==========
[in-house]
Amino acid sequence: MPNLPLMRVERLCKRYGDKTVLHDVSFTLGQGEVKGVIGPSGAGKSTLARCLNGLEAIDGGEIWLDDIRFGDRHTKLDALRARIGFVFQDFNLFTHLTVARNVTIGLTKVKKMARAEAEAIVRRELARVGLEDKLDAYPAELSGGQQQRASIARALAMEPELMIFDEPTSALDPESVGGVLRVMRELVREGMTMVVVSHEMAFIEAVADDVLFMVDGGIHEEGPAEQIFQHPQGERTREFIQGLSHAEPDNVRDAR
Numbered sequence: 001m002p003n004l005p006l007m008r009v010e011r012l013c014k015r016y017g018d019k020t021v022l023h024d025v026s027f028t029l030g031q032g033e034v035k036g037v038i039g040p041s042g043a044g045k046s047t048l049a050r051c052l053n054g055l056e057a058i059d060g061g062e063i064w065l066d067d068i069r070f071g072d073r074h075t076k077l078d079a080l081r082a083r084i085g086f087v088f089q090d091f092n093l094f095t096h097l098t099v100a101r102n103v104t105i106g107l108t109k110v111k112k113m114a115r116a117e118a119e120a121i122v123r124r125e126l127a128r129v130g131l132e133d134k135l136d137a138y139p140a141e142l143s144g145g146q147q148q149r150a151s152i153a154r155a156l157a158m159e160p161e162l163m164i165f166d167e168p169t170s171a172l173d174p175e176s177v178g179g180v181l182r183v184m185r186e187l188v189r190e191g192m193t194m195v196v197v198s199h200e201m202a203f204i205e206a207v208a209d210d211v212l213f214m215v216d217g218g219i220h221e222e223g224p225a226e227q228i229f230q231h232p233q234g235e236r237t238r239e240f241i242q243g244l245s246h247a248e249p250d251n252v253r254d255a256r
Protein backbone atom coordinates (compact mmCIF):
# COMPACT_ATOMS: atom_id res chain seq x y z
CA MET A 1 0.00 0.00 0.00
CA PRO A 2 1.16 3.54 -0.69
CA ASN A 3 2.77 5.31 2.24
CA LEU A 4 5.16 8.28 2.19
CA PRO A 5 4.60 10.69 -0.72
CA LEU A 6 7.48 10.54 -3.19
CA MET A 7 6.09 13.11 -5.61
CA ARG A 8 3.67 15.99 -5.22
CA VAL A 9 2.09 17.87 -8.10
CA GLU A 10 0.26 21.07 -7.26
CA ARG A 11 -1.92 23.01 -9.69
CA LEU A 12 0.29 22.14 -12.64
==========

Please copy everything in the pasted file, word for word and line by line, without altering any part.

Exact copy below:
[in-house]
Amino acid sequence: MPNLPLMRVERLCKRYGDKTVLHDVSFTLGQGEVKGVIGPSGAGKSTLARCLNGLEAIDGGEIWLDDIRFGDRHTKLDALRARIGFVFQDFNLFTHLTVARNVTIGLTKVKKMARAEAEAIVRRELARVGLEDKLDAYPAELSGGQQQRASIARALAMEPELMIFDEPTSALDPESVGGVLRVMRELVREGMTMVVVSHEMAFIEAVADDVLFMVDGGIHEEGPAEQIFQHPQGERTREFIQGLSHAEPDNVRDAR
Numbered sequence: 001m002p003n004l005p006l007m008r009v010e011r012l013c014k015r016y017g018d019k020t021v022l023h024d025v026s027f028t029l030g031q032g033e034v035k036g037v038i039g040p041s042g043a044g045k046s047t048l049a050r051c052l053n054g055l056e057a058i059d060g061g062e063i064w065l066d067d068i069r070f071g072d073r074h075t076k077l078d079a080l081r082a083r084i085g086f087v088f089q090d091f092n093l094f095t096h097l098t099v100a101r102n103v104t105i106g107l108t109k110v111k112k113m114a115r116a117e118a119e120a121i122v123r124r125e126l127a128r129v130g131l132e133d134k135l136d137a138y139p140a141e142l143s144g145g146q147q148q149r150a151s152i153a154r155a156l157a158m159e160p161e162l163m164i165f166d167e168p169t170s171a172l173d174p175e176s177v178g179g180v181l182r183v184m185r186e187l188v189r190e191g192m193t194m195v196v197v198s199h200e201m202a203f204i205e206a207v208a209d210d211v212l213f214m215v216d217g218g219i220h221e222e223g224p225a226e227q228i229f230q231h232p233q234g235e236r237t238r239e240f241i242q243g244l245s246h247a248e249p250d251n252v253r254d255a256r
Protein backbone atom coordinates (compact mmCIF):
# COMPACT_ATOMS: atom_id res chain seq x y z
CA MET A 1 0.00 0.00 0.00
CA PRO A 2 1.16 3.54 -0.69
CA ASN A 3 2.77 5.31 2.24
CA LEU A 4 5.16 8.28 2.19
CA PRO A 5 4.60 10.69 -0.72
CA LEU A 6 7.48 10.54 -3.19
CA MET A 7 6.09 13.11 -5.61
CA ARG A 8 3.67 15.99 -5.22
CA VAL A 9 2.09 17.87 -8.10
CA GLU A 10 0.26 21.07 -7.26
CA ARG A 11 -1.92 23.01 -9.69
CA LEU A 12 0.29 22.14 -12.64